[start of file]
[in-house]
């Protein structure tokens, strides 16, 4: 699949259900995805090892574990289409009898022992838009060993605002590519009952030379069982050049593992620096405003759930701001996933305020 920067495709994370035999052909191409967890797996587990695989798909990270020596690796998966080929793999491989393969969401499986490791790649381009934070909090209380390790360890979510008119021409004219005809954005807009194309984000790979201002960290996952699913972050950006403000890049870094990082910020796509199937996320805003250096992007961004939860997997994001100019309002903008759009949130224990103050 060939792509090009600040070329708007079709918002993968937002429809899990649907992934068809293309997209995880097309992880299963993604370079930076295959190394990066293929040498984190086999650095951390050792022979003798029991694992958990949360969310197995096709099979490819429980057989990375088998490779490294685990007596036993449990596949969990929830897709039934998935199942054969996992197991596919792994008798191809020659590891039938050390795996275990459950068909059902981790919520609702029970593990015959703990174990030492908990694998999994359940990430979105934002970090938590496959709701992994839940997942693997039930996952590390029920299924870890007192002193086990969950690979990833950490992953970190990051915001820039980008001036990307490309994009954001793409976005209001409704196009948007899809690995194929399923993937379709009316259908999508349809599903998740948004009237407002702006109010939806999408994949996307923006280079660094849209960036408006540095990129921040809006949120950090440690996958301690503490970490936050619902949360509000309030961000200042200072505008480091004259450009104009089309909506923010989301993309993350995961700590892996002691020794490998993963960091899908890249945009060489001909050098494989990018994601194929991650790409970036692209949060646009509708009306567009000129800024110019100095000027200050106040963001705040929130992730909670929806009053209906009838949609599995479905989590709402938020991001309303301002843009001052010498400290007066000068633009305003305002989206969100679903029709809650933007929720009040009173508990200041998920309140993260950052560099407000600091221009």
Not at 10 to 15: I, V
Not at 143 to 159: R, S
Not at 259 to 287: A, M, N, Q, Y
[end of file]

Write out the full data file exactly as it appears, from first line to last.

[in-house]
């Protein structure tokens, strides 16, 4: 699949259900995805090892574990289409009898022992838009060993605002590519009952030379069982050049593992620096405003759930701001996933305020 920067495709994370035999052909191409967890797996587990695989798909990270020596690796998966080929793999491989393969969401499986490791790649381009934070909090209380390790360890979510008119021409004219005809954005807009194309984000790979201002960290996952699913972050950006403000890049870094990082910020796509199937996320805003250096992007961004939860997997994001100019309002903008759009949130224990103050 060939792509090009600040070329708007079709918002993968937002429809899990649907992934068809293309997209995880097309992880299963993604370079930076295959190394990066293929040498984190086999650095951390050792022979003798029991694992958990949360969310197995096709099979490819429980057989990375088998490779490294685990007596036993449990596949969990929830897709039934998935199942054969996992197991596919792994008798191809020659590891039938050390795996275990459950068909059902981790919520609702029970593990015959703990174990030492908990694998999994359940990430979105934002970090938590496959709701992994839940997942693997039930996952590390029920299924870890007192002193086990969950690979990833950490992953970190990051915001820039980008001036990307490309994009954001793409976005209001409704196009948007899809690995194929399923993937379709009316259908999508349809599903998740948004009237407002702006109010939806999408994949996307923006280079660094849209960036408006540095990129921040809006949120950090440690996958301690503490970490936050619902949360509000309030961000200042200072505008480091004259450009104009089309909506923010989301993309993350995961700590892996002691020794490998993963960091899908890249945009060489001909050098494989990018994601194929991650790409970036692209949060646009509708009306567009000129800024110019100095000027200050106040963001705040929130992730909670929806009053209906009838949609599995479905989590709402938020991001309303301002843009001052010498400290007066000068633009305003305002989206969100679903029709809650933007929720009040009173508990200041998920309140993260950052560099407000600091221009």
Not at 10 to 15: I, V
Not at 143 to 159: R, S
Not at 259 to 287: A, M, N, Q, Y